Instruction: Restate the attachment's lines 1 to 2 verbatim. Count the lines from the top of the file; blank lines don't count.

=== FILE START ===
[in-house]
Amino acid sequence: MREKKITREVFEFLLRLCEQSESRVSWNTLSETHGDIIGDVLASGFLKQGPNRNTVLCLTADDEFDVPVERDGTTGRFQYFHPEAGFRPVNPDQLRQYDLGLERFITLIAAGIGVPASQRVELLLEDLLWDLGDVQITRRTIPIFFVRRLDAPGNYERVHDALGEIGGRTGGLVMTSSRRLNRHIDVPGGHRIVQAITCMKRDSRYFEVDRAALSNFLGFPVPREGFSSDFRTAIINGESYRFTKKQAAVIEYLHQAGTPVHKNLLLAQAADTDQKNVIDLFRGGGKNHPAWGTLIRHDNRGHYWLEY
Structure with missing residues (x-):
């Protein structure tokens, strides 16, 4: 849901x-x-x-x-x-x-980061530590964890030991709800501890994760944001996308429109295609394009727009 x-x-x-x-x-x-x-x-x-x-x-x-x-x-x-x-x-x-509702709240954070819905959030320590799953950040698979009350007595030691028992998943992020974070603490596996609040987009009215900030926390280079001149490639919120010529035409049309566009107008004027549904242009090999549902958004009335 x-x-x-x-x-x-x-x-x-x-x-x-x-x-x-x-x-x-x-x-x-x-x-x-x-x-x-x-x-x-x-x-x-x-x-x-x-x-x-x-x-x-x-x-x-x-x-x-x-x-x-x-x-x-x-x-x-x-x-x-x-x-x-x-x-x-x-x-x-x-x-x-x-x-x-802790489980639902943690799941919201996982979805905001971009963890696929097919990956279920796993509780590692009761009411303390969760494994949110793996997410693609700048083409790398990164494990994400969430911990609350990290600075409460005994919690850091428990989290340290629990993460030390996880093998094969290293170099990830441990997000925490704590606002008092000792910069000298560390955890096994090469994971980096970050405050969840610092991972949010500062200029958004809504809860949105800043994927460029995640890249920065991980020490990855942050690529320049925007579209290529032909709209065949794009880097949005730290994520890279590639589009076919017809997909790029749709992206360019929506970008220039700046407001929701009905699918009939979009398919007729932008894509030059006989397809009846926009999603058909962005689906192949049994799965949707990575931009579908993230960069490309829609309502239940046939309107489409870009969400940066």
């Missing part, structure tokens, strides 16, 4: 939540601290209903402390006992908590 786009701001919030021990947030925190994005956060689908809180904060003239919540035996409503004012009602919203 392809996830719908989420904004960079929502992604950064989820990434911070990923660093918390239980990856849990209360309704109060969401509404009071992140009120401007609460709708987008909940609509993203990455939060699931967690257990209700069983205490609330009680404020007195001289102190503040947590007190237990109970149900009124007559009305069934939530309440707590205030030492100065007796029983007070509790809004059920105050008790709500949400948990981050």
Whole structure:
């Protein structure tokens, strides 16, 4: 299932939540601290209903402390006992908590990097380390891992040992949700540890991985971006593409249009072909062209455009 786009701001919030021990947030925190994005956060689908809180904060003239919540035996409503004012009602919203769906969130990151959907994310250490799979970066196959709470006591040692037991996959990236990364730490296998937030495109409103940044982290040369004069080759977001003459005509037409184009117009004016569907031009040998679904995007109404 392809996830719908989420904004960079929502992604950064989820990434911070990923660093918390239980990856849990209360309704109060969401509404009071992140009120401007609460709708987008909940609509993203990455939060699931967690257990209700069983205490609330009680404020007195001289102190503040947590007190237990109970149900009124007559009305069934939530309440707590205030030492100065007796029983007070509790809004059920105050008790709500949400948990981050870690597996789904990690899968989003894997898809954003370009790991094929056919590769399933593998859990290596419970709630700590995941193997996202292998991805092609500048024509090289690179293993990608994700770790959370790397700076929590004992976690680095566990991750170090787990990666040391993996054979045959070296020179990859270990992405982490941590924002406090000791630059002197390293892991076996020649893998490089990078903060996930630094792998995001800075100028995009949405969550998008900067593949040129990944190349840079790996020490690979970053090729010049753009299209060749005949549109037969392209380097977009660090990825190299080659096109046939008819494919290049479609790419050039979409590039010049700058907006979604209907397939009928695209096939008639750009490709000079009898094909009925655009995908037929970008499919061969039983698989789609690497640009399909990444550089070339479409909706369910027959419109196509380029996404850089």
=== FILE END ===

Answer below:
[in-house]
Amino acid sequence: MREKKITREVFEFLLRLCEQSESRVSWNTLSETHGDIIGDVLASGFLKQGPNRNTVLCLTADDEFDVPVERDGTTGRFQYFHPEAGFRPVNPDQLRQYDLGLERFITLIAAGIGVPASQRVELLLEDLLWDLGDVQITRRTIPIFFVRRLDAPGNYERVHDALGEIGGRTGGLVMTSSRRLNRHIDVPGGHRIVQAITCMKRDSRYFEVDRAALSNFLGFPVPREGFSSDFRTAIINGESYRFTKKQAAVIEYLHQAGTPVHKNLLLAQAADTDQKNVIDLFRGGGKNHPAWGTLIRHDNRGHYWLEY